Renters fight to stay in foreclosed buildings

Times Staff Writer

They shut off the water at Ida Hancox’s duplex just before Christmas, when she was doing her holiday cooking. The utility man who did the job brusquely told her to pay her bills.

But Hancox and her fellow building tenant had done so. Utilities were included in their rent, which was up to date. Such costs had been the responsibility of the landlord, who had skipped town after the lender foreclosed on his loan.

Hancox and her neighbor Kim Isaac-Ray, a mother of eight, told a Bay Area utility committee Tuesday that they believe that the lender stopped paying the utility bill knowing the water would be turned off -- as a way of trying to push them out of the building despite local laws preventing their eviction.


Area activists agree, and say low-income renters who have the right to remain in their homes are increasingly being harassed in foreclosure proceedings by lenders eager to be rid of them.

Oakland is one of a number of California cities that offer tenants stringent protections against eviction, even in the case of foreclosure. But advocates tracking the mortgage crisis say such illegal attempts at eviction have been on the rise statewide.

“We hear it a lot anecdotally,” said Kevin Stein, associate director of the nonprofit California Reinvestment Coalition, which promotes access by low-income state residents to financial services. “It’s a terrible situation for families.”

Just ask Hancox. “We’re human beings with families; we pay the rent on time and are respectful of the properties where we live,” said the 50-year-old San Francisco healthcare worker. “It’s too easy for these banks to pick on us.”

San Francisco’s utility company has avoided the problem of service shut-offs for tenants whose rent includes utilities by going after the owners -- including lenders managing foreclosed properties.

On Tuesday, officials of the East Bay Municipal Utility District, which includes Oakland, took the first step toward ending such tactics. The board’s finance committee agreed to a moratorium on such water shut-offs while the agency explores ways to hold property owners and lenders accountable for utility bills during foreclosure proceedings.


The three-member committee voted unanimously to draft procedures that would include property liens and even lawsuits to hold owners and lenders accountable. The full seven-member utility board is expected to vote on the matter later this month.

“If we go after the lender, it’s a way to stop them from putting the money in some big CEO’s pocket,” Chairman Frank Mellon said. “If the property lien doesn’t work, we can go after them with a lawsuit.”

The number of water service shut-offs by the East Bay utility on multifamily dwellings climbed to 543 in 2007, up 65% from the previous year.

Activists with the nonprofit housing rights group Just Cause Oakland say that they are aware of six recent foreclosure-related water shut-offs in the city but believe that the phenomenon is more widespread.

Isaac-Ray said that after the West Oakland duplex went into foreclosure in June, the Realtor managing the property for the lender offered her $1,000 to vacate and threatened to have the Sheriff’s Department evict her family if she did not leave within a week.

Oakland’s nonprofit Eviction Defense Center filed a court action on her behalf, and the lender backed off. “But they didn’t stop there,” she told the committee Tuesday. “They stopped paying the water.”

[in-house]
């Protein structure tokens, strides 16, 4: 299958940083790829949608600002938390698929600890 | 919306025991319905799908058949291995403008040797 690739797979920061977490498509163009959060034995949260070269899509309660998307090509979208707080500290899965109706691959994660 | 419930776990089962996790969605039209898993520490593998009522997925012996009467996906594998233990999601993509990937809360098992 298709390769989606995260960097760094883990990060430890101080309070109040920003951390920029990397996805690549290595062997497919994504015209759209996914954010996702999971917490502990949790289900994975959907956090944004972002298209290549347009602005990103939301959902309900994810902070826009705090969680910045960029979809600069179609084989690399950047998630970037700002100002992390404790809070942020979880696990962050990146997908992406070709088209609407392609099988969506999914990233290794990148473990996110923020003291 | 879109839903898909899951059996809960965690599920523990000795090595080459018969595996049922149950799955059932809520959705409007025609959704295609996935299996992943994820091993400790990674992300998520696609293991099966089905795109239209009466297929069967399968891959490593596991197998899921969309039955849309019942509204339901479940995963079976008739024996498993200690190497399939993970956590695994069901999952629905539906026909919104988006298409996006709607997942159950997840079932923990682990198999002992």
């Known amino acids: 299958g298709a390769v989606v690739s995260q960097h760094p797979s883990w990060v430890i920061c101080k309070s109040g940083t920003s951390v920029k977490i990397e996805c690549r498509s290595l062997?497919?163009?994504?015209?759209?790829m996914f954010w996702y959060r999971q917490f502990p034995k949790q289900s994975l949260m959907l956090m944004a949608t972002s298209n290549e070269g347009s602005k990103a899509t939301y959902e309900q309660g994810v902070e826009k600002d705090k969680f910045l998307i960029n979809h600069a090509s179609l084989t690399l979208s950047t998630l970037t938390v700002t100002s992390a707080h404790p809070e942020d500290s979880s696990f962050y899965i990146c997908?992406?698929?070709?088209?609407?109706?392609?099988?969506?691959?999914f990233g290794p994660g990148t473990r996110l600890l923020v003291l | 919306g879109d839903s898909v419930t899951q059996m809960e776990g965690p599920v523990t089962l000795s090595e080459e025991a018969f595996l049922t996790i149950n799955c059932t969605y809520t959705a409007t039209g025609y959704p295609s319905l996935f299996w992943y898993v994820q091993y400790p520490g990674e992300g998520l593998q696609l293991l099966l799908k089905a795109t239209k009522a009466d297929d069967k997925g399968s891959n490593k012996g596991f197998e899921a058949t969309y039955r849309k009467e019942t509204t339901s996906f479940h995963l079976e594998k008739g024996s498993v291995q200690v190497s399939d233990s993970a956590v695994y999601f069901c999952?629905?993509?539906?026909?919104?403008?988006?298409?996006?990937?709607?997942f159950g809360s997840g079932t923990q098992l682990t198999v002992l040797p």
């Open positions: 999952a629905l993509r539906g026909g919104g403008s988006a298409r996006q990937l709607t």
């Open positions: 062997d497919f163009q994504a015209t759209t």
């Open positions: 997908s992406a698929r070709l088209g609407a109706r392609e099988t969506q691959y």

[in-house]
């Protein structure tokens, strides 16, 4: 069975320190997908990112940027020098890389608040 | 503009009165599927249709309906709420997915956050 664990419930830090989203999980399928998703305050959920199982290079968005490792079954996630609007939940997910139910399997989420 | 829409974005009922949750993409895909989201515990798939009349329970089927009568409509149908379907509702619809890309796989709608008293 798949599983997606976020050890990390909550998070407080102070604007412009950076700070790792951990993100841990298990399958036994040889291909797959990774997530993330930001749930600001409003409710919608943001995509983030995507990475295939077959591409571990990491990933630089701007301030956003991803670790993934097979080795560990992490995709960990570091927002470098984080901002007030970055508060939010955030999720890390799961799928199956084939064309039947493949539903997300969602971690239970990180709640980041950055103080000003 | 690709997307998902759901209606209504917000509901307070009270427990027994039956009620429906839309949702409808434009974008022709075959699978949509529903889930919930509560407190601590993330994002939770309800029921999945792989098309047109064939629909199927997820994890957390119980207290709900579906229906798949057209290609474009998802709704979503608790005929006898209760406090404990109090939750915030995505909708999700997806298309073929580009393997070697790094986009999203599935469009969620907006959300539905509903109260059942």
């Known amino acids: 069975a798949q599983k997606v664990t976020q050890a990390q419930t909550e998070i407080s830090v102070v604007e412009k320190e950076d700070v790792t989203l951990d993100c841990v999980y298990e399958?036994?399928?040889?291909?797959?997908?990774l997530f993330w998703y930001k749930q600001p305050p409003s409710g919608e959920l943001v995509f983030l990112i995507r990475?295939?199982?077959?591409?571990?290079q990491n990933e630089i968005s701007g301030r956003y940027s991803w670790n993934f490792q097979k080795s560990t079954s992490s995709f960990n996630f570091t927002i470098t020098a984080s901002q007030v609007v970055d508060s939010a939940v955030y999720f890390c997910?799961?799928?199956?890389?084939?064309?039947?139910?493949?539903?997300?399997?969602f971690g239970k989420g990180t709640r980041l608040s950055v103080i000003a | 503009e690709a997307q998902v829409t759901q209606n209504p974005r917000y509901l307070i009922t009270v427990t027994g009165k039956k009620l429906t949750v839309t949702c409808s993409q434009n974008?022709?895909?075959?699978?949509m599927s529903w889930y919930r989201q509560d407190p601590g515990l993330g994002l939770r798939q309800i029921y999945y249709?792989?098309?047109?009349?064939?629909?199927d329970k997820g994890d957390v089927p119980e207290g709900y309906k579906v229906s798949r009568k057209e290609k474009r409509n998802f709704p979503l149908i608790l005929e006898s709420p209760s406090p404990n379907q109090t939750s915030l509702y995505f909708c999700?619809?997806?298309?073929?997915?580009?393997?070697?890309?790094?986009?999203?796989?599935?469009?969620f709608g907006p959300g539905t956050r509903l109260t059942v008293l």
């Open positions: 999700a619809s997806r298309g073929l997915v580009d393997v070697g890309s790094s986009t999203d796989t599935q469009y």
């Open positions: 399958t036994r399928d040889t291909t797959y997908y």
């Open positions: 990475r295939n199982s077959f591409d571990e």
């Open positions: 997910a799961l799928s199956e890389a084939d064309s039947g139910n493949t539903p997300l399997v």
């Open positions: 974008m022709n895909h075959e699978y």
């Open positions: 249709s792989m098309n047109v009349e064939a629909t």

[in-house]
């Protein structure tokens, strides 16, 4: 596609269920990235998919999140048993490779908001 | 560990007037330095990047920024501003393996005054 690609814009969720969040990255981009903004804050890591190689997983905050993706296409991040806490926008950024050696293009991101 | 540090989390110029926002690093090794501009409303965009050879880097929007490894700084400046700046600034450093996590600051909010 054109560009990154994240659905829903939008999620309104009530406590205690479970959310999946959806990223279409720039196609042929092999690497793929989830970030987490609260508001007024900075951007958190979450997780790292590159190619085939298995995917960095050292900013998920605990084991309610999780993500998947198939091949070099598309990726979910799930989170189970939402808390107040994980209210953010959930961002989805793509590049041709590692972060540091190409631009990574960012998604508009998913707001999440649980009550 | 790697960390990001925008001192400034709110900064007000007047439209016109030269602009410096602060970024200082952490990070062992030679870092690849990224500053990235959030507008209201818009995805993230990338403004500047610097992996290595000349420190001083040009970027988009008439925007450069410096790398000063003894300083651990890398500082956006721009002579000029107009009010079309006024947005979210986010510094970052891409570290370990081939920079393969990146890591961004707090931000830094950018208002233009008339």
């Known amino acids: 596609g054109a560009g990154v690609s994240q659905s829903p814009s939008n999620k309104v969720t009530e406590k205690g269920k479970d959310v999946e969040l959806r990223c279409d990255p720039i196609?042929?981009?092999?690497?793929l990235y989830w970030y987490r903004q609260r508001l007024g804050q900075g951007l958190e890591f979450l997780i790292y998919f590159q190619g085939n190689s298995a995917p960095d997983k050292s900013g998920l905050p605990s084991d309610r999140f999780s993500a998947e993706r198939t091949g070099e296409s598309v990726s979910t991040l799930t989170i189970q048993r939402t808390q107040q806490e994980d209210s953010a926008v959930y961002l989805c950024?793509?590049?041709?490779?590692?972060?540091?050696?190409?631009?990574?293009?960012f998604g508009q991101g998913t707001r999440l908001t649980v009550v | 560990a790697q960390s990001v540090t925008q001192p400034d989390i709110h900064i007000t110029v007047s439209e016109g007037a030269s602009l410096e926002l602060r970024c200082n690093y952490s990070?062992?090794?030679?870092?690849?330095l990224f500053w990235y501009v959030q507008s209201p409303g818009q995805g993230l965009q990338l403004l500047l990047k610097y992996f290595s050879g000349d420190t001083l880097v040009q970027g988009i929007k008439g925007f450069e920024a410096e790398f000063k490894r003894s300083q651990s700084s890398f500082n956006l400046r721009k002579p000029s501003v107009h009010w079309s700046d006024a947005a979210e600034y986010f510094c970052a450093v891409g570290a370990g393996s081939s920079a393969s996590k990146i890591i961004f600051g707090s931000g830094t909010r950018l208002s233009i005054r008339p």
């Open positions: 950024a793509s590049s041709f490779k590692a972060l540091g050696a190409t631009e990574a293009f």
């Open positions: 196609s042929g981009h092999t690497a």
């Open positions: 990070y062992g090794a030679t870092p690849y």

Isaac-Ray said the water was off for a day before she phoned Just Cause Oakland, which contacted the utility on her behalf. The utility turned the water back on and persuaded the lender to resume payment.

Dustin Hobbs, spokesman for the California Mortgage Bankers Assn., attributed such eviction tactics as nonpayment of water bills to “some bad apples.”

“The strict laws in places like Oakland and the fact that this could expose companies to costly litigation are two big reasons why more legitimate lenders wouldn’t use tactics like this,” he said.

Throughout the state, those who are watching the effect of foreclosures on tenants believe unscrupulous tactics are common. At the very least, lenders eager to push out tenants are offering “cash for keys” without informing tenants of their legal right to stay, particularly in cities with tough tenant protections, they say.

Bob Erlenbusch, executive director of the Los Angeles Coalition to End Hunger and Homelessness, said one local facility, Shelter LA, had seen a dramatic rise in onetime renters “who through no fault of their own were put out on the streets.” He said many had their utilities shut off by owners or lenders trying to drive them from their homes during foreclosures.

An analysis of mortgage data by the California Reinvestment Coalition estimates that at least 20% of properties in foreclosure are likely to be inhabited by renters, although lenders believe the figure to be higher.


Most efforts by public officials to assist those trapped by foreclosure have focused on owners, not renters. But this week state Sen. Don Perata (D-Oakland) plans to reintroduce an urgency measure that failed last year. The measure includes such protections as giving all tenants in the state a 60-day notice of foreclosure-related eviction and fining lenders that don’t maintain properties.

Stein said the East Bay utility is already setting a strong national example. If the full board votes to crack down on lenders, it would put the agency “in a leadership position on a really significant issue that is only going to grow in importance in the next few years.”

At Tuesday’s utility committee meeting in Oakland, committee member Andy Katz said poor families were suffering without protections.

“When the water gets turned off, people can’t flush the toilet, they can’t cook spaghetti for their kids,” he said. “They can’t take a shower.”